Every other month, members of Animation Resources are given access to an exclusive Members Only Reference Pack. These downloadable files are high resolution e-books on a variety of educational subjects and rare cartoons from the collection of Animation Resources in DVD quality. Our current Reference Pack has just been released. If you are a member, click through the link to access the MEMBERS ONLY DOWNLOAD PAGE. If you aren’t a member yet, please JOIN ANIMATION RESOURCES. It’s well worth it.

DVD QUALITY VIDEOS:
Download Page
Beer Commercial Reel

Beer Commercial Reel
Download Page
Paul Fennell Studios (ca. mid 1950s)

As our members already know, the Paul Fennell Studio was a pioneer in animated television advertising. This time, we are featuring two commercial reels from the mid 1950s.

The beer commercial reel includes several commercials each for Gunther’s, Valley Forge, Ram’s Head, and Schaefer Beer. The distinctive designs of Ed Benedict and jazzy musical accompaniment give these spots a very modern feel. They must have seemed unique among contemporary television advertising. It’s interesting to note that the earliest commercials for Gunther’s feature a typical cartoon bear, while the later more modern looking spots all have sports themes. The crew at Fennell was honing in on their target audience to create more effective advertisements.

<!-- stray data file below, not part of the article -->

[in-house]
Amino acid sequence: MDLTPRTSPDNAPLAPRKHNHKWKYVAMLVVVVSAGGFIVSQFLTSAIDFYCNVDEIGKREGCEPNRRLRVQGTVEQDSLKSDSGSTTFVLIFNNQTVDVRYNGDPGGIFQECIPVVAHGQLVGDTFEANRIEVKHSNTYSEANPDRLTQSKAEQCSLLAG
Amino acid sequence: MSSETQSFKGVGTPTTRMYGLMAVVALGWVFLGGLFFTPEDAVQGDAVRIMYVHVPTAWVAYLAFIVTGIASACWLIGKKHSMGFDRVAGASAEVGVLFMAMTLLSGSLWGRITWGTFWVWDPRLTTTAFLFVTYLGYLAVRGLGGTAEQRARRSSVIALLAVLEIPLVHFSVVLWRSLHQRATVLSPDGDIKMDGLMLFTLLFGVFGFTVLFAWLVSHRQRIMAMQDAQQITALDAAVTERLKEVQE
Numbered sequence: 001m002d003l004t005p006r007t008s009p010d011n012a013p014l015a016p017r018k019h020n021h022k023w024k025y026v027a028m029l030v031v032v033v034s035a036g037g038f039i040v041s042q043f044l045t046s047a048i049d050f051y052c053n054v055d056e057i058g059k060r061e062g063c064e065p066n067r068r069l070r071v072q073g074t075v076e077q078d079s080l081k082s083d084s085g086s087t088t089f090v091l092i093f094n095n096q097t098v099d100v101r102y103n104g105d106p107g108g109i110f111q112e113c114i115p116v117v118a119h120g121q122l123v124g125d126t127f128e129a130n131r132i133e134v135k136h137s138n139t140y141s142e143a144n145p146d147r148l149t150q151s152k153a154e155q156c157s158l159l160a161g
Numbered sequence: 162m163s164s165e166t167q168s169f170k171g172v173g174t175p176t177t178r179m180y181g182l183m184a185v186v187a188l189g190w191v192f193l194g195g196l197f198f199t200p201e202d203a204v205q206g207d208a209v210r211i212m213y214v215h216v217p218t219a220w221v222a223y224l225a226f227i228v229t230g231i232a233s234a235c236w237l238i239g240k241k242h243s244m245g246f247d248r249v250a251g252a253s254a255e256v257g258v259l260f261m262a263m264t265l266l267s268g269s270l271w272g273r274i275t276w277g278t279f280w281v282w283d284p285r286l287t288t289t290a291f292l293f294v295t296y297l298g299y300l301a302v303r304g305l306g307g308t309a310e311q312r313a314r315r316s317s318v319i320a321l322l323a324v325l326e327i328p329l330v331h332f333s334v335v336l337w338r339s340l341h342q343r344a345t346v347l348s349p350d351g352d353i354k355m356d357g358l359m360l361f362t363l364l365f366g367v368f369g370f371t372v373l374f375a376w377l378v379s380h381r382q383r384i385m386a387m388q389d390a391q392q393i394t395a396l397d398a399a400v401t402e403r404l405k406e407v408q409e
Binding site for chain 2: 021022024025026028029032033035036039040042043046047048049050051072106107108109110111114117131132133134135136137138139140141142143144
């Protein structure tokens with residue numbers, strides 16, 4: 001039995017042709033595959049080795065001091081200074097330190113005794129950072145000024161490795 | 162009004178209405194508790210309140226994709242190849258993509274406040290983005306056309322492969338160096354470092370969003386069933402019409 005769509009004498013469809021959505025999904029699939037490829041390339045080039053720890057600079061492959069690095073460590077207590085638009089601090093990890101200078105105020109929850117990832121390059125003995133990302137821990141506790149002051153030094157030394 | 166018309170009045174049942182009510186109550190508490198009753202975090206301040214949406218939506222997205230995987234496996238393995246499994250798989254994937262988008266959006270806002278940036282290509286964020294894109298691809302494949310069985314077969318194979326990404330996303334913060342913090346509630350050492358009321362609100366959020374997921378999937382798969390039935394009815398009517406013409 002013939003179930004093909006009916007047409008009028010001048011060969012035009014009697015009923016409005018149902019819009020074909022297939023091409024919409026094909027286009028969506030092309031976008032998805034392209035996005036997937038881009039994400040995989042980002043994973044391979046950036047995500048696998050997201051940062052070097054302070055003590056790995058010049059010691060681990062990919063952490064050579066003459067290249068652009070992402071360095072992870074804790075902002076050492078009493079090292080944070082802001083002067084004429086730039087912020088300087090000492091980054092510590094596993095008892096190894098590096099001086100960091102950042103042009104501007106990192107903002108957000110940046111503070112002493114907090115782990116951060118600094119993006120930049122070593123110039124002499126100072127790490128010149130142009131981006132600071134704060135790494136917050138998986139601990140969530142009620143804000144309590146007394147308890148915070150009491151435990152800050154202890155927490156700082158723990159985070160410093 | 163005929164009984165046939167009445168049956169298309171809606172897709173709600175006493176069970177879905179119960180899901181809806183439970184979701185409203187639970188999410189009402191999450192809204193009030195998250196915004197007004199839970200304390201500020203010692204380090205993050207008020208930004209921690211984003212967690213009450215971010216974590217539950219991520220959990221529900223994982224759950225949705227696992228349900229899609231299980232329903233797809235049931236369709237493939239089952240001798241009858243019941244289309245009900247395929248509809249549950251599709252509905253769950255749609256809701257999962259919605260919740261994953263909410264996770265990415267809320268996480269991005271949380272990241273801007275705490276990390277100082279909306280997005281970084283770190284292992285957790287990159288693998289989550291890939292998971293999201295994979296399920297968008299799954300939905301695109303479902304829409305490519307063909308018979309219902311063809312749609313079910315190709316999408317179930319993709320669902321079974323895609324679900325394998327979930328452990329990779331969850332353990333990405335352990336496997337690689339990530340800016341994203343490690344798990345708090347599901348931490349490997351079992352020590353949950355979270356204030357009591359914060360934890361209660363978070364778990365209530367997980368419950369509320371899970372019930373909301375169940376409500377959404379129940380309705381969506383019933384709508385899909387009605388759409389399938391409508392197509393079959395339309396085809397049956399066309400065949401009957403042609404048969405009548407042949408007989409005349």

Because of the ephemeral nature of commercials from the early days of television, these prints may be the last surviving copies of these films in existence. Animation Resources thanks the family of Paul Fennell for sharing these with us.

REFPACK008: Beer Commercial Reel
Download Page
M4V Video File / 10:21
80 MB Download



MEMBERS LOGIN To Download Video

JOIN TODAY To Access Members Only Content


Beer Commercials
Beer Commercials
Beer Commercials
Beer Commercials
Beer Commercials
Beer Commercials


MEMBERS LOGIN To Download Video

JOIN TODAY To Access Members Only Content


Not A Member Yet? Want A Free Sample?

Check out this SAMPLE REFERENCE PACK! It will give you a taste of what Animation Resources members get to download every other month!

Sample RefPack